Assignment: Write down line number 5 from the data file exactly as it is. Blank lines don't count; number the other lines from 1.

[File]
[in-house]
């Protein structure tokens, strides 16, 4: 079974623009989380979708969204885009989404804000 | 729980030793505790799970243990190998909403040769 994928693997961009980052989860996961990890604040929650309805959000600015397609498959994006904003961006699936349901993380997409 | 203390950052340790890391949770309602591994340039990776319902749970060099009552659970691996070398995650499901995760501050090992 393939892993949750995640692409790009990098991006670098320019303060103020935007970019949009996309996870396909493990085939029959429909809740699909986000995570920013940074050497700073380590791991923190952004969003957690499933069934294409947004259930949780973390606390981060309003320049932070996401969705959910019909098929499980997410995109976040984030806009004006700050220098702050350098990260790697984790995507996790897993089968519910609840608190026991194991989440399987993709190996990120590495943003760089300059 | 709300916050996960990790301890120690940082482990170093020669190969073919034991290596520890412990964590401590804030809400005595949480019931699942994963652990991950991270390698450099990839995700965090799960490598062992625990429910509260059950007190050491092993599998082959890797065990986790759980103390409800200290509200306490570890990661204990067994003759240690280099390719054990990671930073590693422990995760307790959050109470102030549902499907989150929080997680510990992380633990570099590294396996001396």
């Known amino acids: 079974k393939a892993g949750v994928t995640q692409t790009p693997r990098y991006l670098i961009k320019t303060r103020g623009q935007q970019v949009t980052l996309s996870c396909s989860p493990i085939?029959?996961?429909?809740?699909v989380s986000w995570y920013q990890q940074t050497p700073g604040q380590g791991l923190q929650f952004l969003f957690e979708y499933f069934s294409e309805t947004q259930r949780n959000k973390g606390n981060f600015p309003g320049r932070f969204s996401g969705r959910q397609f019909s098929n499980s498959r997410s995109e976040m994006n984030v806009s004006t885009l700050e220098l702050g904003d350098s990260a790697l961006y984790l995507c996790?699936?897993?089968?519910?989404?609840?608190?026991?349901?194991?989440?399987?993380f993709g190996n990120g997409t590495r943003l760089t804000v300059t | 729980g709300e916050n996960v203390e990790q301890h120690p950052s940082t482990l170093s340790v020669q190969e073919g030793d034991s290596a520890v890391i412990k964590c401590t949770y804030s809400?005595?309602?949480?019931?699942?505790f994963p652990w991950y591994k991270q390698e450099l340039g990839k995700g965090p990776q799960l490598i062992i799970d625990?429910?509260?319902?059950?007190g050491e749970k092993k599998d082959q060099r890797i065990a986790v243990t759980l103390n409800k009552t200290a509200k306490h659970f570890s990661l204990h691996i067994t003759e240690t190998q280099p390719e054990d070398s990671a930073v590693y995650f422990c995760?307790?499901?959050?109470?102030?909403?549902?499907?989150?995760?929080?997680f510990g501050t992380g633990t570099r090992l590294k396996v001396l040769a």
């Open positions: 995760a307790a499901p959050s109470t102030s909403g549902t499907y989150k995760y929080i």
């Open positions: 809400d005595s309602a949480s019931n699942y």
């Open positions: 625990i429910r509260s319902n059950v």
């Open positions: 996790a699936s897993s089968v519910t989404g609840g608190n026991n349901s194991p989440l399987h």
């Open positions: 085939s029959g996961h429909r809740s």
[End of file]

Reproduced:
């Open positions: 809400d005595s309602a949480s019931n699942y």